The COVID-19 pandemic struck colleges and universities with force in early 2020. Within weeks, about 20,000 schools ceased normal operation, sending home close to 200 million students. Many institutions switched to online classes after only a few days of preparation.

Most colleges and universities had returned to in-person instruction by fall 2021. But COVID-19’s impact is still playing out on campuses in the United States and across the globe. Though we can’t predict the pandemic’s long-term impact, it will almost certainly weaken the economic health of higher education institutions. It’s also likely to limit the success of students, particularly those who already face significant barriers.

The blows from the pandemic hit hardest—and are likely to linger longest—among students from low-income families, students of color, and other vulnerable populations. This study seeks to identify the hardships encountered by these students. It also evaluates the effectiveness of efforts to assist them—nationally and at institutions.

It is a myth that COVID-19 has been a great equalizer. In fact, institutions’ lack of preparation for online instruction and the so-called “digital divide” actually combined to increase educational disparities. This created social distress, especially among vulnerable students.

Despite the challenges, however, the move to online education presents an opportunity to improve the learning experience. Course content and methods of teaching could be reshaped to promote hands-on, interactive education. Such changes could be transformational—if they’re supported by better modes of assessing students’ work and more flexible pathways to degrees and other credentials.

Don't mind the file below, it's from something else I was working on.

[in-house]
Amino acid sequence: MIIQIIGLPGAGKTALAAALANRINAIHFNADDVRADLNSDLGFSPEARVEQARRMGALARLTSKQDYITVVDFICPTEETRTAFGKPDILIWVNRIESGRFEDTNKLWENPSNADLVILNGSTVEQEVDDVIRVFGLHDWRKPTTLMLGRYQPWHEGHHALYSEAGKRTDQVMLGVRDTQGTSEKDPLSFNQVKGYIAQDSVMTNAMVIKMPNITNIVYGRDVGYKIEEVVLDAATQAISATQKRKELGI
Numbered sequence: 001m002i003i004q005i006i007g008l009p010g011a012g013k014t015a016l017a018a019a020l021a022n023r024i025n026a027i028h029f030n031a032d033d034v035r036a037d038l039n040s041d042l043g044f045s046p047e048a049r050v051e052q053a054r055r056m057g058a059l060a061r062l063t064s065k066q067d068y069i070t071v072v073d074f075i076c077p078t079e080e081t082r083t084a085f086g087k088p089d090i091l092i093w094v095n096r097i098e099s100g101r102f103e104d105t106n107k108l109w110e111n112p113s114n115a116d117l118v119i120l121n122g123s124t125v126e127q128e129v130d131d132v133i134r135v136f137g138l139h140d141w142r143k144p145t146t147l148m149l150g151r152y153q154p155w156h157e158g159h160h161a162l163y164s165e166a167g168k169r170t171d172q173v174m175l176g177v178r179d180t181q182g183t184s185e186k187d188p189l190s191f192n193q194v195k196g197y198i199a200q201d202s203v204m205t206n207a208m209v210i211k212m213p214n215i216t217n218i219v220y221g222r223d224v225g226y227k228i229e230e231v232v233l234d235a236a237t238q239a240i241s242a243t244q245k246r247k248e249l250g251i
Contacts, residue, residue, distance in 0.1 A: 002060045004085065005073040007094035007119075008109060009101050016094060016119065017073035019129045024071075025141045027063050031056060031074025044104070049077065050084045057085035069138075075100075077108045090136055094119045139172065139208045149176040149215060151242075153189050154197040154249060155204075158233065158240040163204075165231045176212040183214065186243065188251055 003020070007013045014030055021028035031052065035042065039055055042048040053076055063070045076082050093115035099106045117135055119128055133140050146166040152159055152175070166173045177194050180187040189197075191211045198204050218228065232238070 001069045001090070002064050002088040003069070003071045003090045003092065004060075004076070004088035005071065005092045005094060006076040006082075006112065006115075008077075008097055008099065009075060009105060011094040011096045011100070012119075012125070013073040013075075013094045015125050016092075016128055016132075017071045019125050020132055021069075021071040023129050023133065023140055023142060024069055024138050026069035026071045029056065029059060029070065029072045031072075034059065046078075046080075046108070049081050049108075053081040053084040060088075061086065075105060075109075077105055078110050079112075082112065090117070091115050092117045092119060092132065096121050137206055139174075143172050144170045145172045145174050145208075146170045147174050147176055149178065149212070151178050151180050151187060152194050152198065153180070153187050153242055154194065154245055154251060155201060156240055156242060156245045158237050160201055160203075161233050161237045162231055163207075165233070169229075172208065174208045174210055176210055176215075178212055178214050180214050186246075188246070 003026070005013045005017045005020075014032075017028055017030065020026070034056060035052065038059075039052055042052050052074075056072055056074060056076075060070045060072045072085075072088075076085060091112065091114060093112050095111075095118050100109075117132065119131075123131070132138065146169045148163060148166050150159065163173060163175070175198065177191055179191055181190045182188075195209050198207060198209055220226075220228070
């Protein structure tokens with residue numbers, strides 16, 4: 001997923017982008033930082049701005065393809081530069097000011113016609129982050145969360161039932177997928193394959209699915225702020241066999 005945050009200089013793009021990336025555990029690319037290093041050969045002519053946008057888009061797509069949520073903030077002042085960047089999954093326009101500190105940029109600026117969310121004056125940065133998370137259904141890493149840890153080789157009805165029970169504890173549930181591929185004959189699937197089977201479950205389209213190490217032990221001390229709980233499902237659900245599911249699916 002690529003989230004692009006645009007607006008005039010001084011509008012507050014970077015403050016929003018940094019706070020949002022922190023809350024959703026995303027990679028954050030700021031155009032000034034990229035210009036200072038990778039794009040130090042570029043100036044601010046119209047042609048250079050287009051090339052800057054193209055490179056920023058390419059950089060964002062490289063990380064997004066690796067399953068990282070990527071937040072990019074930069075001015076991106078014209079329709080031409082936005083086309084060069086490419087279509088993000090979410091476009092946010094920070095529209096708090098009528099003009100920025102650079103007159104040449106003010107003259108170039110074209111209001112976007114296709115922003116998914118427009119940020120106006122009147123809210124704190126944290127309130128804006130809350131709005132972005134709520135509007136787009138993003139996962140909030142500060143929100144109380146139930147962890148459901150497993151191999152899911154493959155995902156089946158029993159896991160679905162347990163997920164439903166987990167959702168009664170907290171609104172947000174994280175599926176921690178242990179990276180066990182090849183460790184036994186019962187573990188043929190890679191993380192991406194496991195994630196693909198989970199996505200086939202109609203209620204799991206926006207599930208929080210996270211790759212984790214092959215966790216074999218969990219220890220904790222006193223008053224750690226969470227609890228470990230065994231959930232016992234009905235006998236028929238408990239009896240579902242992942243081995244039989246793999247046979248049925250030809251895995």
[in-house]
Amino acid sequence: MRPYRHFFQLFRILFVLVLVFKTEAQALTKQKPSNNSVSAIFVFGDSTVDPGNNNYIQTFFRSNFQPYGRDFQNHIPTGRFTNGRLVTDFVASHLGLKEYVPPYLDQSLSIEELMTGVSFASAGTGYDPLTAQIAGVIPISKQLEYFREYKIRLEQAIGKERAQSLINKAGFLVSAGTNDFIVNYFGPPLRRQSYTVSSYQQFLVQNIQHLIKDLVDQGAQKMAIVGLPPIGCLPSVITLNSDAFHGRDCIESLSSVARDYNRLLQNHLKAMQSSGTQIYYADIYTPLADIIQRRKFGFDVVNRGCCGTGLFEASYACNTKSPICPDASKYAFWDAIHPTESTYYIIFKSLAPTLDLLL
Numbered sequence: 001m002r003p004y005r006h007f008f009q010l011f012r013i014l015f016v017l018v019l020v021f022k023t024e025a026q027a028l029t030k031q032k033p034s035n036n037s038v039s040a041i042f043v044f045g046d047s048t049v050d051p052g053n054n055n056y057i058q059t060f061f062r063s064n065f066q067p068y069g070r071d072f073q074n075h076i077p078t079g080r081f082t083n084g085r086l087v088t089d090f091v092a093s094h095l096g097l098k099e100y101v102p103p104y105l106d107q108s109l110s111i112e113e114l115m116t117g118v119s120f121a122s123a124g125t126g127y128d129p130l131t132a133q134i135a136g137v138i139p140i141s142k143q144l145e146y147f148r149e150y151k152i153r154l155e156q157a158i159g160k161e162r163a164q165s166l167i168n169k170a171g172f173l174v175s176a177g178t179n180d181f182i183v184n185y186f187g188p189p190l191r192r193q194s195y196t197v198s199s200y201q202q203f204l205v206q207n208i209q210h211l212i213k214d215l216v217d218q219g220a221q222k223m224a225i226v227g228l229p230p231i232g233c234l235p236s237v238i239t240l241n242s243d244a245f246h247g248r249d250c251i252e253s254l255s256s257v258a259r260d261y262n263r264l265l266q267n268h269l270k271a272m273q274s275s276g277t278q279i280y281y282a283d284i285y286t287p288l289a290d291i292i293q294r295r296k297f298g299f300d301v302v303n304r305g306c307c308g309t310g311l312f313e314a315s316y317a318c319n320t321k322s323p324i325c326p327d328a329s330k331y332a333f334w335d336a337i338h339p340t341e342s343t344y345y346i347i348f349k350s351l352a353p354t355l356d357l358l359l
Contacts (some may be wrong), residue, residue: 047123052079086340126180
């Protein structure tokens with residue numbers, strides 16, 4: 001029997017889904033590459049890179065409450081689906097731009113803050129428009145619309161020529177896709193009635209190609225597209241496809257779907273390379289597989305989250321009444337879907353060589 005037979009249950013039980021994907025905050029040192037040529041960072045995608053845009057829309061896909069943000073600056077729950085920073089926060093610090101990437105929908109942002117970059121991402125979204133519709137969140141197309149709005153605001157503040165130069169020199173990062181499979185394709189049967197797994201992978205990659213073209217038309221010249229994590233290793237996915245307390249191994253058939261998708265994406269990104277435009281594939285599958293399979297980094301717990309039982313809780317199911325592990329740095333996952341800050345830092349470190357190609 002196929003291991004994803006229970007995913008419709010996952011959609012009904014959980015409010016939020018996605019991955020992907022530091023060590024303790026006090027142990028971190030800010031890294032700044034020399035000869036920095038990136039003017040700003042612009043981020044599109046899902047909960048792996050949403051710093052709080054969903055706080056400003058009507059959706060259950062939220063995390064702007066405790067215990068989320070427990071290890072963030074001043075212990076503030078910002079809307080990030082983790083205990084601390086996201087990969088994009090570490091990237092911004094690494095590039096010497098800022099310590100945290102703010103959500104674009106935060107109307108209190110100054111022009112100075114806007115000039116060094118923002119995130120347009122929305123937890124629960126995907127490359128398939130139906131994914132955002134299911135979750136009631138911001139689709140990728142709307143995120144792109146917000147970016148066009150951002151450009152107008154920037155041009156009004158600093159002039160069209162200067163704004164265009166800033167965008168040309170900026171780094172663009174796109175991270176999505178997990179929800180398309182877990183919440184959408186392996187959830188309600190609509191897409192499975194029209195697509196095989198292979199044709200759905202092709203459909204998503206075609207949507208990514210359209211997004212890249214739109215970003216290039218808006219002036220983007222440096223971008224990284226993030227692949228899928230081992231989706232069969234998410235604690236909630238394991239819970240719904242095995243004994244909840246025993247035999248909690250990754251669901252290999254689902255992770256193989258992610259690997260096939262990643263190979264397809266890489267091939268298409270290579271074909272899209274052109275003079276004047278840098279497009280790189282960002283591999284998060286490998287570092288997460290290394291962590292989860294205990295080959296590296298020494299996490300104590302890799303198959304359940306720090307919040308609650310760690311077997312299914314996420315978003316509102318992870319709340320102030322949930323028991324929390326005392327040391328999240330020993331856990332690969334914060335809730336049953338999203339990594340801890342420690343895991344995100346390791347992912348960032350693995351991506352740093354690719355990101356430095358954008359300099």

To increase their resilience, higher education systems and institutions must make major changes in their economic models and operations. For example, systems with higher proportions of public funding can more easily adapt to health and economic crises. Strong IT infrastructure and solid student aid programs (grants and income-contingent loans) can bolster enrollment and foster inclusion.

Colleges and universities should better integrate risk analysis and contingency planning. They should focus on student success, providing comprehensive support (financial, academic, and psychological) for vulnerable students.

In all they do, higher education officials must avoid moves that reinforce or deepen disparities. Rather, they must search for solutions that create opportunities for all. And as a matter of priority, they must seek to bring the power and promise of higher learning to those who have long faced barriers to economic success and social mobility.